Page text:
Topographical micro-changes in corrugated board production : effects on flexographic post-print quality

by Rehberger, Marcus

Abstract (Summary)
The appearance and design of a package are key properties to attract and to focus the attention of a customer. Print quality contributes to a great degree to achieve these requirements. Most critical perceived in terms of quality are print defects like mottling, gloss and stripiness, which all appear in the printing of corrugated board. Stripiness is especially critical because it is a defect directly caused by the corrugated board construction. A further cause can be generated by the production process of corrugated board. Pre-studies by Odeberg Glasenapp (2004) revealed a difference in surface micro-roughness between the regions on the peak line of the liner and the regions in the valley between two peaks of the corrugation. This knowledge was the basis for the work described in this thesis.In a first stage, laboratory trials were conducted with sets of coated and uncoated samples of various grammages. The trial was set-up in order to simulate the conditions in the corrugator as closely as possible. In the evaluations, it was found out that the settings were too high. For that reason, the coated samples were influenced to a too high degree and needed to be excluded from further evaluations. With the uncoated samples, on the other hand, a change in micro surface roughness was detectable. The roughness is decreased on the peaks and the gloss appearance was the conclusion. The analysis of the printed samples focused on shifts in colour and print density. It is unclear if both are affected only surface roughness changes and/or by the typical corrugated board effect of washboarding.A full-scale test was performed in order to confirm the results of the laboratory test. A test series was chosen with coated and uncoated outer liners. Contrary to the lab-test results, the uncoated grades showed no surface roughness changes. Instead, the coated samples were affected to a great extent. The changes in surface roughness and gloss appearance were similar to the lab-test. This confirms that the lab-test samples were exposed to heat, pressure and shear to a too high degree. The print analysis of the full-scale test did not agree with the laboratory test. Gloss lines were visually detectable, but they were difficult to measure. A reason could be that the ink is capable on forming an ink film layer on top of the surface of the paper. This would cover the micro roughness of the matt parts thereby creating an almost homogeneous glossy appearance.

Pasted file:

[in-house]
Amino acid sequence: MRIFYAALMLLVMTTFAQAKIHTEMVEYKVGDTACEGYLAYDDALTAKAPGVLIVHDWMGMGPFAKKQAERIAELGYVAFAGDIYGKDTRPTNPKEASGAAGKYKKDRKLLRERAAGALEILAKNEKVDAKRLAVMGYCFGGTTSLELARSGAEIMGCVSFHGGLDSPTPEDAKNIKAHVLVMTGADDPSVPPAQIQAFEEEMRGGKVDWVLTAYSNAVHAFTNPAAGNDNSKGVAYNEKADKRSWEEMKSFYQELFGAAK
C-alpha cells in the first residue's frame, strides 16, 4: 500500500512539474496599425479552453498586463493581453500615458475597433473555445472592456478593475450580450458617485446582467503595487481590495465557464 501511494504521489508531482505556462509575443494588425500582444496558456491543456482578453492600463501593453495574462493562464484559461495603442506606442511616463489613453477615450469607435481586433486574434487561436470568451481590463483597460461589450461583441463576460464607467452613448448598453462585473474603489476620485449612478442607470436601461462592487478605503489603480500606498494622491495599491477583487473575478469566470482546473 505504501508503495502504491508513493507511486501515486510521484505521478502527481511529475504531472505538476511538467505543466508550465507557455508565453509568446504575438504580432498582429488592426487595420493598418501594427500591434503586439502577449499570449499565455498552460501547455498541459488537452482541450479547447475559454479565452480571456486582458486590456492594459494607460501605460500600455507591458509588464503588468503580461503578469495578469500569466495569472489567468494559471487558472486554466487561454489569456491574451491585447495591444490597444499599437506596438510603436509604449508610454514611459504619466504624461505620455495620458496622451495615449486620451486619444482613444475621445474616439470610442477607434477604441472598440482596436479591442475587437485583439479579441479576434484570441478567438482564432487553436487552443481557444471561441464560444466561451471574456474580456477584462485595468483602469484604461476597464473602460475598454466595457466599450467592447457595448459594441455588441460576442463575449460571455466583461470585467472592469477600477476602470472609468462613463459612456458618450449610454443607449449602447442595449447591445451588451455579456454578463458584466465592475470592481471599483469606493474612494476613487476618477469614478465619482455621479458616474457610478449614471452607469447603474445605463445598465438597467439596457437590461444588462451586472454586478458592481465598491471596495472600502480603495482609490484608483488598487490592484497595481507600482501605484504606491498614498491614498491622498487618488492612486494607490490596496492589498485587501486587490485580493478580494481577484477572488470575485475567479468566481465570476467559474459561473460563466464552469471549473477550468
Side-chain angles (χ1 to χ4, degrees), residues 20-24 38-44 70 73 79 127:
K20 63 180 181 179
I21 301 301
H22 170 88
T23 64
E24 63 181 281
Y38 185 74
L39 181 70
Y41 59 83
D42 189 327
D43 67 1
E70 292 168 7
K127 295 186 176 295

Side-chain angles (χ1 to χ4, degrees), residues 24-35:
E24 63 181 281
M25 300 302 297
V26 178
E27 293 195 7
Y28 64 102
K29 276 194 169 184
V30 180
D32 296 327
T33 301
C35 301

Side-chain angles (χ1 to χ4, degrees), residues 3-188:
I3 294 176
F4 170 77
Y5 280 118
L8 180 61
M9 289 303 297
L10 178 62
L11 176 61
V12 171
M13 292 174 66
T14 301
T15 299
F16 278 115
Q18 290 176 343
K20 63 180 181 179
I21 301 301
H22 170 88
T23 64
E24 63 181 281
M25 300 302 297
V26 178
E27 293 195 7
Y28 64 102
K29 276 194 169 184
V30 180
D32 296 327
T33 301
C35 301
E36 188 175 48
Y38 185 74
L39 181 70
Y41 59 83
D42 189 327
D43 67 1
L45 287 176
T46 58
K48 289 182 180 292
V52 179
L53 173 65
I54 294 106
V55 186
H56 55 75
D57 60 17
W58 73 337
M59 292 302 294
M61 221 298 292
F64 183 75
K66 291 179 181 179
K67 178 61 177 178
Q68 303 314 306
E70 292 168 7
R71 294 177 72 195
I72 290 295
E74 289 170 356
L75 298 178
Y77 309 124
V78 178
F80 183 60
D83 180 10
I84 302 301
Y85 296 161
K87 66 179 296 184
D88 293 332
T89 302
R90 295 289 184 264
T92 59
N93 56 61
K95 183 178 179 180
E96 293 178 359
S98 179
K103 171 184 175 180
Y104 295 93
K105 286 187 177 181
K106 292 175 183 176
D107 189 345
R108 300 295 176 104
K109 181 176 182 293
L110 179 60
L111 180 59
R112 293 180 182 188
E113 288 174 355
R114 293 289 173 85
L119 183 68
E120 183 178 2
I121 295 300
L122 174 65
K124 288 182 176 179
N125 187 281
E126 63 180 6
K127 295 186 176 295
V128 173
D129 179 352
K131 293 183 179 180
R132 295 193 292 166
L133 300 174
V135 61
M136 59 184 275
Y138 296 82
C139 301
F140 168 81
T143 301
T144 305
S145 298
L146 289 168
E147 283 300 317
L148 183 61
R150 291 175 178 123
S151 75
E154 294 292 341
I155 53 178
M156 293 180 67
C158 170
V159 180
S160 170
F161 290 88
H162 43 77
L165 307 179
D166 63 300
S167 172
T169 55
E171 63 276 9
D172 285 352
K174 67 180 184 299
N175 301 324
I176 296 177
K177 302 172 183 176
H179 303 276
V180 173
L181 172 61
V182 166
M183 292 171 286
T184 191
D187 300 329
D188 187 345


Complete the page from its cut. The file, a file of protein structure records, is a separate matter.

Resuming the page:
Bibliographical Information:


School:Kungliga Tekniska högskolan

School Location:Sweden

Source Type:Master's Thesis

Keywords:TECHNOLOGY; Chemical engineering; Chemical process and manufacturing engineering; Cellulose and paper engineering; corrugated board; liner; double-facer; double-backer; gloss; surface roughness; micro structure; wear; paper metal friction; flexo; ink-jet; print quality


Date of Publication:01/01/2007

© 2009 All Rights Reserved.